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Jay-Z Compared Being Called A ‘Capitalist’ To Being Called A Slur And Fans Are Astounded

Jay-Z might very well be the greatest rapper of all time, but he is also a lightning rod for controversy. Fans love his rhymes but often find fault with his business practices, questioning some of his moves and his “Black excellence” stance that they say doesn’t really help Black people. Whether or not that’s true, though, Jay’s own recent comments about their critiques suggest he doesn’t really understand why they’re so upset — or that they haven’t really been able to explain themselves as well as you’d hope.

During a live Twitter Spaces conversation hosted by Rob Markman (who has been all over the rollout for DJ Khaled’s God Did and the title track that has revitalized all this GOAT talk), Jay-Z addressed those critics, saying it feels like they’re just trying to undermine his accomplishments. “We not gone stop,” he said. “Hip-hop is young. It’s still growing. We not falling for that tricknology the public puts out there now. Before it was the American Dream: ‘Pull yourself up by your bootstraps. You can make it in America.’ All these lies that America told us our whole life and then when we start getting it, they try to lock us out of it. They start inventing words like ‘capitalist.’ We’ve been called ‘n****rs’ and ‘monkeys’ and sh*t. I don’t care what words y’all come up with. Y’all gotta come with stronger words.”

While he makes some salient points about the inherent unfairness of the American political and economic systems, his comparison of “capitalist” to racist slurs and suggestion that it was invented to criticize Black success stories specifically has rankled some chains on the timeline. To be fair, it sounds like he hasn’t quite figured out that he is one; Jay’s made far more money with ventures like Live Nation, Square, and Tidal than he ever could have from rap. It’s sort of inherent to the whole “I’m a business, man” philosophy that he’s espoused his entire life.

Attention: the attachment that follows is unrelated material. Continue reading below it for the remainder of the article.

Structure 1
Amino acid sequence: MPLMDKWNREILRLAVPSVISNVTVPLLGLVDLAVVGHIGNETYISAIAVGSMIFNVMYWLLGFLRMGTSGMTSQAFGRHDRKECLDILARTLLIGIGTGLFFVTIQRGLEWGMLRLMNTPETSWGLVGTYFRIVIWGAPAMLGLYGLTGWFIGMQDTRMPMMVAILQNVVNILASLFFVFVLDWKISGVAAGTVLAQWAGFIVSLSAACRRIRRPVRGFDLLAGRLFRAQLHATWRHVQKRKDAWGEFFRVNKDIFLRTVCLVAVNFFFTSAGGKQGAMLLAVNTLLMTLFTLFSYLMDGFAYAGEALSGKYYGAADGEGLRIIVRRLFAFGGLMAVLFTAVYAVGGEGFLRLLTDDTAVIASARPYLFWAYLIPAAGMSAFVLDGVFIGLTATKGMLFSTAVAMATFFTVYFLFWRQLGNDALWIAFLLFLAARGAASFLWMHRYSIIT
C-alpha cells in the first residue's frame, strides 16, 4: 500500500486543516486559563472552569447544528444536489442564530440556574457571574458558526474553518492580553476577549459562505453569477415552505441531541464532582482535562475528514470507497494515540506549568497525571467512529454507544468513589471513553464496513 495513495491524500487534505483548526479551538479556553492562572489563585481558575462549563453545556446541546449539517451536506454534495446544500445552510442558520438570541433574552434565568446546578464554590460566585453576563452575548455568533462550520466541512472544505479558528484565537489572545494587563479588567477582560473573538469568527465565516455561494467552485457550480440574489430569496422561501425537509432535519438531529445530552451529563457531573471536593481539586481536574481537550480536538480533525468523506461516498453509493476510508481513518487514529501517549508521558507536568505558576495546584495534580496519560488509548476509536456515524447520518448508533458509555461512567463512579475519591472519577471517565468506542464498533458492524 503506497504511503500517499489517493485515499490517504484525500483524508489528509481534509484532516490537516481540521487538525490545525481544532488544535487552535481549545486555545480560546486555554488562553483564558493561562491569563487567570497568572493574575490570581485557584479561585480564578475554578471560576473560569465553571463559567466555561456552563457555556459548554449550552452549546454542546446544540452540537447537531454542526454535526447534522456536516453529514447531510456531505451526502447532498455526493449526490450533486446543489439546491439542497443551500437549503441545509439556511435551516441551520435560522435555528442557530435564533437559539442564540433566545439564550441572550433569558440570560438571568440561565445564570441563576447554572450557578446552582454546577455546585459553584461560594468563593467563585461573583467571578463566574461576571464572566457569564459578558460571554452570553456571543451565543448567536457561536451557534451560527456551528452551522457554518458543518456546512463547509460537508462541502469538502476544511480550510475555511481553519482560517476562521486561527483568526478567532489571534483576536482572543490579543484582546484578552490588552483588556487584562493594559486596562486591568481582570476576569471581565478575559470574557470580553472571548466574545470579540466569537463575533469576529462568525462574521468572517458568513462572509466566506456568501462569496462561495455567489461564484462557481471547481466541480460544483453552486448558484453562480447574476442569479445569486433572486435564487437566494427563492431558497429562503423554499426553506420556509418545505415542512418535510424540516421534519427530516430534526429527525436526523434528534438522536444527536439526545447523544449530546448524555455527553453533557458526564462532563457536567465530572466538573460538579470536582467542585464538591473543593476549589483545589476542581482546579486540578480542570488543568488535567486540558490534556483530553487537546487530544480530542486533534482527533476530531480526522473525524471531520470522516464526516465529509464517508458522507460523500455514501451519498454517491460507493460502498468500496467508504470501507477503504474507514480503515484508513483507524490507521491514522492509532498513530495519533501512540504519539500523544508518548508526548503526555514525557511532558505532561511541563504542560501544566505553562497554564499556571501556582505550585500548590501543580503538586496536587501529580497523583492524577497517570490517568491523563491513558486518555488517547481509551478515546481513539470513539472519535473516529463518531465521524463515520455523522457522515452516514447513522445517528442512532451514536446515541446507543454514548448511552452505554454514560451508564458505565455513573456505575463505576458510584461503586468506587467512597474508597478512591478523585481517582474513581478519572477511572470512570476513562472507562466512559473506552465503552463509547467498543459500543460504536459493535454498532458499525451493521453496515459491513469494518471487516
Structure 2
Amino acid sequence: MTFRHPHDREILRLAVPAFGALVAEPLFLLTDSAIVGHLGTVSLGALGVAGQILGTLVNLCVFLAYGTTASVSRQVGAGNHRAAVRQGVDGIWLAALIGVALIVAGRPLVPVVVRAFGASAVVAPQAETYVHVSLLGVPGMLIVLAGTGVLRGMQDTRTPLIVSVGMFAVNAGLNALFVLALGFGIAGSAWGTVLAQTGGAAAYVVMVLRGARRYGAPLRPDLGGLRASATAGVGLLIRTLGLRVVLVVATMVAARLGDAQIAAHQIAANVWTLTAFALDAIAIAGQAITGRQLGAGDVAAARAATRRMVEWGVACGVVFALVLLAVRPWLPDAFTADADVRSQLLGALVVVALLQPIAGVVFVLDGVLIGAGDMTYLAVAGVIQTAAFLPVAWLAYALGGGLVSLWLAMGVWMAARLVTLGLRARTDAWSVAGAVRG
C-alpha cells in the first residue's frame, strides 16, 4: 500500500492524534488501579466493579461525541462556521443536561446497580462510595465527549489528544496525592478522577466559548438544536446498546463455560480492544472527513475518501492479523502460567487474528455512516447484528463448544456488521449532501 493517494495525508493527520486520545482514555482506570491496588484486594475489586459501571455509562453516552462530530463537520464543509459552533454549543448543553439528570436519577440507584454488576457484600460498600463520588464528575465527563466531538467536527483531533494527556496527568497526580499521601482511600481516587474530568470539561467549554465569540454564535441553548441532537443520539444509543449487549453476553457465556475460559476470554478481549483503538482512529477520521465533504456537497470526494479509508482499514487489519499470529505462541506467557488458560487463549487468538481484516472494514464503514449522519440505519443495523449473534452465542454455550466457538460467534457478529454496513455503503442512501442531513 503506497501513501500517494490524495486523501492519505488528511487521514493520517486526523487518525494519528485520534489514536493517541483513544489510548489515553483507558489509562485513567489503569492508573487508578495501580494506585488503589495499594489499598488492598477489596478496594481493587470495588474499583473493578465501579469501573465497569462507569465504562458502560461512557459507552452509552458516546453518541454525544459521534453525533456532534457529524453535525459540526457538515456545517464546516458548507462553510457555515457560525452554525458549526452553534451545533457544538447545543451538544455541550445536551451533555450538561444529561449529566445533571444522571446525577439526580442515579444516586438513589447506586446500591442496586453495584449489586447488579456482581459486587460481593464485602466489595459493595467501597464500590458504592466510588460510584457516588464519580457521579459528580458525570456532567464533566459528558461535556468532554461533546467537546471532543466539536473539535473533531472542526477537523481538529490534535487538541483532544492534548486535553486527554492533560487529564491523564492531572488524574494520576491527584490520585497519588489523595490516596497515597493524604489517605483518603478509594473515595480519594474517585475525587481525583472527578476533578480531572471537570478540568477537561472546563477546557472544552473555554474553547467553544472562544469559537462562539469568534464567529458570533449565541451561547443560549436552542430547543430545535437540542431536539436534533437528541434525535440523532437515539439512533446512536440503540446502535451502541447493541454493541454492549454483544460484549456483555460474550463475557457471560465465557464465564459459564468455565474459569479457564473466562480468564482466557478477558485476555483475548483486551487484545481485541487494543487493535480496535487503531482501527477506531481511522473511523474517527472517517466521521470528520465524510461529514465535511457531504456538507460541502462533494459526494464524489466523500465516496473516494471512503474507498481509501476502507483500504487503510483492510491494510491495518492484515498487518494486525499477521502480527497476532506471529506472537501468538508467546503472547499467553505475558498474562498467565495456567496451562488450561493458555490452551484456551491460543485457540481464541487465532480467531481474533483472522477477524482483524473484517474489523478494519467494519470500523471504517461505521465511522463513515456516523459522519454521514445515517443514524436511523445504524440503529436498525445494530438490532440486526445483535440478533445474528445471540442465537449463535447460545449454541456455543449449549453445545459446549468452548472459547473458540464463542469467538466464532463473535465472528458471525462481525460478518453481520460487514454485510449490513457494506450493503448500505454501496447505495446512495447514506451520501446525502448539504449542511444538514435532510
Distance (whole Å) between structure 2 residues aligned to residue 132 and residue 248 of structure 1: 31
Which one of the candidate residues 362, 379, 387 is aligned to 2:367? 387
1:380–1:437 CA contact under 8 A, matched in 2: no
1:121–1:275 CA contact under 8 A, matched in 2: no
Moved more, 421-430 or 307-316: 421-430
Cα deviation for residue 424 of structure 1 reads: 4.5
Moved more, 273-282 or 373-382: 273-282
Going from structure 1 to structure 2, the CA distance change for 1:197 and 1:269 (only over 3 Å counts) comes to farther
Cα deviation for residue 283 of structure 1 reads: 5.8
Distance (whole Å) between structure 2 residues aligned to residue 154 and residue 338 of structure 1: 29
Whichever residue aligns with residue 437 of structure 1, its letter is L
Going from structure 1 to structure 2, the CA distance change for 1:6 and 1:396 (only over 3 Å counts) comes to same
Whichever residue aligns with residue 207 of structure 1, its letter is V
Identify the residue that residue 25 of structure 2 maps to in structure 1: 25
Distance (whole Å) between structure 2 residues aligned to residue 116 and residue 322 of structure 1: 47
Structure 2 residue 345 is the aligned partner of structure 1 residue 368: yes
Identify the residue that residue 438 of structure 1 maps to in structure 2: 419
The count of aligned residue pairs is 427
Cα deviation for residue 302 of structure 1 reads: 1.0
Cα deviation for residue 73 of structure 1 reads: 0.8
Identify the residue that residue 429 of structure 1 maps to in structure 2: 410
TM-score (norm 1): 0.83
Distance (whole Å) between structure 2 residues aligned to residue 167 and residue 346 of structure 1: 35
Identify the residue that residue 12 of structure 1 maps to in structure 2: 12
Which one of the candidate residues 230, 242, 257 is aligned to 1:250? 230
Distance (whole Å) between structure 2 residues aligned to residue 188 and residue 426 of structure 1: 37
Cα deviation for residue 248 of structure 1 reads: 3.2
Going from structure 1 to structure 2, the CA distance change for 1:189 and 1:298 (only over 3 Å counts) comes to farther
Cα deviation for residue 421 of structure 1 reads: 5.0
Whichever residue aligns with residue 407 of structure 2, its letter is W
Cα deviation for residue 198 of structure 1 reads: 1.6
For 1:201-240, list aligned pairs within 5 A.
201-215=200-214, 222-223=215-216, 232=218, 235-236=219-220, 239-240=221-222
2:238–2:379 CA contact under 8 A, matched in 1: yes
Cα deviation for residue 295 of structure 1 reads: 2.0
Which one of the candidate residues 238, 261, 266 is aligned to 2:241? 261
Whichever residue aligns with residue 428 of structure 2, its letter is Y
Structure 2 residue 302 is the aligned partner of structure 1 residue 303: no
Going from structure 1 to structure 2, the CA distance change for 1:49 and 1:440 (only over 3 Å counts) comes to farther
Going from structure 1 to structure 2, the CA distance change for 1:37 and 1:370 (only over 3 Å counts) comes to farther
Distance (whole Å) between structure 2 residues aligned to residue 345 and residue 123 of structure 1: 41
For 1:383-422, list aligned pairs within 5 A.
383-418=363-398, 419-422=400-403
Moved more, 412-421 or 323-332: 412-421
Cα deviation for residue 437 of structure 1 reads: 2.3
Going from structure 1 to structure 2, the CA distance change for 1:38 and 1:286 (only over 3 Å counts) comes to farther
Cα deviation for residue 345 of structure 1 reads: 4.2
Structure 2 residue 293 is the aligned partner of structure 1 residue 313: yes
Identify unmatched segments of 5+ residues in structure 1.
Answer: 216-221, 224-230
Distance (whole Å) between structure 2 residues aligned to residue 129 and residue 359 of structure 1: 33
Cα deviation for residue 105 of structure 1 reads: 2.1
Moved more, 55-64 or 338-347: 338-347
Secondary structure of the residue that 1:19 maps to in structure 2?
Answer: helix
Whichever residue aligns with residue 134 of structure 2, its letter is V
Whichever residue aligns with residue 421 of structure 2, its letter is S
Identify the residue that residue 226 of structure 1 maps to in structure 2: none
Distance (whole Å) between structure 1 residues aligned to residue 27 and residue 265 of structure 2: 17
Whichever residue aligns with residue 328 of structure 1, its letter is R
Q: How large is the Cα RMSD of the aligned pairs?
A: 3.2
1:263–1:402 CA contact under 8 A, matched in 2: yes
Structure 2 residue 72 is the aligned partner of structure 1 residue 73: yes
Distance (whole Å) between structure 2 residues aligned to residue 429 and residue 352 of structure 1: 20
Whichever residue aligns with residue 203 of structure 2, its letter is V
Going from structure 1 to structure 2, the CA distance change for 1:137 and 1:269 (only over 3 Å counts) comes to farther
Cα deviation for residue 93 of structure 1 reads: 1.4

And for someone who name-checks Fred Hampton quite a lot, he seems not to realize that Hampton was a staunch anti-capitalist — something I’ve written about on Uproxx before. Their perspectives seem to be at odds, but Jay’s comments suggest he hasn’t actually engaged with the perspective of the activist he keeps invoking. Fans on Twitter were quick to point this out, further highlighting Jay’s status as a focal point of debate. From bringing up Noname’s semi-regular criticism of Jay’s aesthetic activism to quoting Hampton and Malcolm X, the disappointed-sounding responses offered a variety of rebuttals to his assertions — although there were a few defenders, as well. They even joked about the “lunch with Jay or $500K” meme.

To be fair, Jay very likely believes that his wealth is revolutionary. After all, if the system is designed to keep you poor, what better way to defy that system than to do the very thing it’s designed to keep you away from? I’m sure in Jay’s mind, the ultimate form of resistance to such as system is to succeed in spite of it. But that still doesn’t stop the system from functioning — which it certainly has been, as the past few years have made abundantly clear. Either way, he’s stoked a discussion that has been ongoing and will likely continue until there’s some real change in an American society that gets more unequal all the time. Check out some of those responses as well as the full discussion below.